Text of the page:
NLRB Gives Employees Right to Use Employers' Email Systems for Section 7 Activities!

Volume 13, Issue 19
December 11, 2014

Earlier today, in a 3-2 decision, the National Labor Relations Board (NLRB) overruled its 2007 decision in Register Guard and held that employees have a "statutory right to use their employers' email systems for Section 7 purposes." See Purple Communications, Inc., 361 N.L.R.B. No. 43. Section 7 of the National Labor Relations Act (NLRA) provides covered employees with the right "to form, join, or assist labor organizations, to bargain collectively through representatives of their own choosing, and to engage in other concerted activities for the purpose of collective bargaining or other mutual aid or protection." Finding that its Register Guard decision was "clearly incorrect," the NLRB majority said that the "consequences of that error are too serious to permit to stand."

The NLRB's Purple Communications decision forces both unionized and non-unionized employers to allow employees who have access to company email systems for work to use such systems, during non-working time, to communicate regarding non-work-related issues, such as union organizing. In seizing control over employers' email systems, the NLRB handed labor unions a powerful tool to boost their organizing efforts.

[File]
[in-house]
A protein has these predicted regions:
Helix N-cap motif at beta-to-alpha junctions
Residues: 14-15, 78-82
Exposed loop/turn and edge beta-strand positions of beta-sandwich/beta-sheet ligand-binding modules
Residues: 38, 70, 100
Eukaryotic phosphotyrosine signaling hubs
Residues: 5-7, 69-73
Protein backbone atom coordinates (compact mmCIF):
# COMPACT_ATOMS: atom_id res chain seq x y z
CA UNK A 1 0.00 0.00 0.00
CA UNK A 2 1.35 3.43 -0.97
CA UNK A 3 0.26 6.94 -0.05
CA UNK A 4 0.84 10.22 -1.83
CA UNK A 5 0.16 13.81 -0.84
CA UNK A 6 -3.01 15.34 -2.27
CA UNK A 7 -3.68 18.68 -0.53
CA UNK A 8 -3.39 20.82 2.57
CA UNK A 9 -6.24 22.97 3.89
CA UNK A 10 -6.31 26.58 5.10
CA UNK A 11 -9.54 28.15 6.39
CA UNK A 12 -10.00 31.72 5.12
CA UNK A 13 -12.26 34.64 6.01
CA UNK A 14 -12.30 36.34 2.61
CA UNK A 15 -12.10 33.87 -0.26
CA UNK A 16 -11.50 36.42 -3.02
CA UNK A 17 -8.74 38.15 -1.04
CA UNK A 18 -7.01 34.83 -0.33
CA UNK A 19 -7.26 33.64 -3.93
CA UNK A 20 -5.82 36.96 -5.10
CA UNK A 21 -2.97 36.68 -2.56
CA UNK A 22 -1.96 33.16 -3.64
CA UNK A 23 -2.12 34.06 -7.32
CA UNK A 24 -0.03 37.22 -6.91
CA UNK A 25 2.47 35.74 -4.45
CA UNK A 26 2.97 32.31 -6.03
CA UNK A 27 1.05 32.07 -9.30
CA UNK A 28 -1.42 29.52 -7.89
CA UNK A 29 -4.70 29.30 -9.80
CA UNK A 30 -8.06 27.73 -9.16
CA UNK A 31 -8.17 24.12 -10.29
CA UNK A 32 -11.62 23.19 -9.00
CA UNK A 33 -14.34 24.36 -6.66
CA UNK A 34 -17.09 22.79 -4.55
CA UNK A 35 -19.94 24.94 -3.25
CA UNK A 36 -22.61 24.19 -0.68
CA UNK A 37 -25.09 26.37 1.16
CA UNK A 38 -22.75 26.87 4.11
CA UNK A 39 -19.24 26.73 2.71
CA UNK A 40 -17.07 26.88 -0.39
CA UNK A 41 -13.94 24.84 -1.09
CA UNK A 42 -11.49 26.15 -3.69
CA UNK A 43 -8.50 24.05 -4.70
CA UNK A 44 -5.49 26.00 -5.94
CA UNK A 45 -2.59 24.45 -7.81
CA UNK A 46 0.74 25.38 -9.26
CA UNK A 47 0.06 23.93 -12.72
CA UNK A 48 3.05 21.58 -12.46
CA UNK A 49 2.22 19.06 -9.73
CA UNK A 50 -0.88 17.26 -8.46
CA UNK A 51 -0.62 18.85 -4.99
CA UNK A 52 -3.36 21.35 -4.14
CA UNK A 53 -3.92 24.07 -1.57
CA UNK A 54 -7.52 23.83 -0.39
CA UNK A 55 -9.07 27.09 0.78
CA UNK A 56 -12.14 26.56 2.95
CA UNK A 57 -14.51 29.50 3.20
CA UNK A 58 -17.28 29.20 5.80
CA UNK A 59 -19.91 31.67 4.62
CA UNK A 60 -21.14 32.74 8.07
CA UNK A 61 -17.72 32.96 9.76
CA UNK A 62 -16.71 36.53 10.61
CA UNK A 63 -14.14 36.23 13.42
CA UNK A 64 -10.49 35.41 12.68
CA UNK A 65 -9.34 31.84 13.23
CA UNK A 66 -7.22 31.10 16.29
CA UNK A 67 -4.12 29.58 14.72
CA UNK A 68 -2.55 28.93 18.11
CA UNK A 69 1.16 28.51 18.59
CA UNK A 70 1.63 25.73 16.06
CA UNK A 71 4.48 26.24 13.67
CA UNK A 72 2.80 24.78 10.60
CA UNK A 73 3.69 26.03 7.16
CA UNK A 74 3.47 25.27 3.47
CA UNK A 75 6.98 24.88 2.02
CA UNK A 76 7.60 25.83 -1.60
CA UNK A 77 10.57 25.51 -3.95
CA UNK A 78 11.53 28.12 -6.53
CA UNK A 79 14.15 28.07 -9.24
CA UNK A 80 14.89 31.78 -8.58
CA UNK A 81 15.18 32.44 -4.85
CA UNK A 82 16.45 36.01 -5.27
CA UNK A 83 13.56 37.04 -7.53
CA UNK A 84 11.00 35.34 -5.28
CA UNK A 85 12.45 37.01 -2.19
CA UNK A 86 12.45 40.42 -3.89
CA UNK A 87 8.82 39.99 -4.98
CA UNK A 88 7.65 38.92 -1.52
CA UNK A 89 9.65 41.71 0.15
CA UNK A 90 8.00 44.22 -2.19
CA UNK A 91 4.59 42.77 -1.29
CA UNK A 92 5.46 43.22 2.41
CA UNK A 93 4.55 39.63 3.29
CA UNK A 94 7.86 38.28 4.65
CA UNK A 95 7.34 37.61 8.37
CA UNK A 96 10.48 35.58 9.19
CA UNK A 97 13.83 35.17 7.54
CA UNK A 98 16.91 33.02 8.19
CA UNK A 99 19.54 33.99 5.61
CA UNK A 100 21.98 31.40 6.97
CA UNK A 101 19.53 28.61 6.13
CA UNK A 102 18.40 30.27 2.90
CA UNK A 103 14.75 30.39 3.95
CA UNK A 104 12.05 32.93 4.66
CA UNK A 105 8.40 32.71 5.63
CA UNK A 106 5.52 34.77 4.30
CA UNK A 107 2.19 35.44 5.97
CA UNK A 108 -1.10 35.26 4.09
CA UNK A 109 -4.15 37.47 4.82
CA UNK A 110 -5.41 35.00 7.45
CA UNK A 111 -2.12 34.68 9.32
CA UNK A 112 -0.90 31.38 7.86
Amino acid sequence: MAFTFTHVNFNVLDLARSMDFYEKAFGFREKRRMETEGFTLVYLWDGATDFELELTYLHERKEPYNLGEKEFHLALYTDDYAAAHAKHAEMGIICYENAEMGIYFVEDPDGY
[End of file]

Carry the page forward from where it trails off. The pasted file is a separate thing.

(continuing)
While the Purple Communications decision does not require employers to provide email access to those employees who do not otherwise have it at work, the decision does apply to all employees covered under the NLRA who are given access to email as part of their job. Employers can attempt to justify a total ban on non-work use of its email systems only by demonstrating that "special circumstances" make such a ban necessary to maintain production or discipline.

The NLRB's decision stops short of addressing whether employers must provide email access to non-employees, such as union business agents, and to what extent employers must permit employees to use other company electronic communications systems for Section 7 activities.

While the Purple Communications decision will likely be appealed, it is currently the law of the land for all employees covered by the NLRA. Thus, covered employers need to promptly review and modify their email policies and procedures to comply with this new NLRB dictate.

If you have any questions or would like further information about this legal development, please do not hesitate to call the KZA attorney with whom you regularly work or call our office at (702) 259-8640.

KZA Employer Report articles are for general information only; they are not intended and should not be construed to be legal advice. Reading or replying to such articles does not establish an attorney-client relationship. In addition, because the subject matters and applicable laws discussed in Employer Report articles are often in a state of change and not always applicable to every type of business entity or organization, readers should consult with counsel before making decisions based on the same.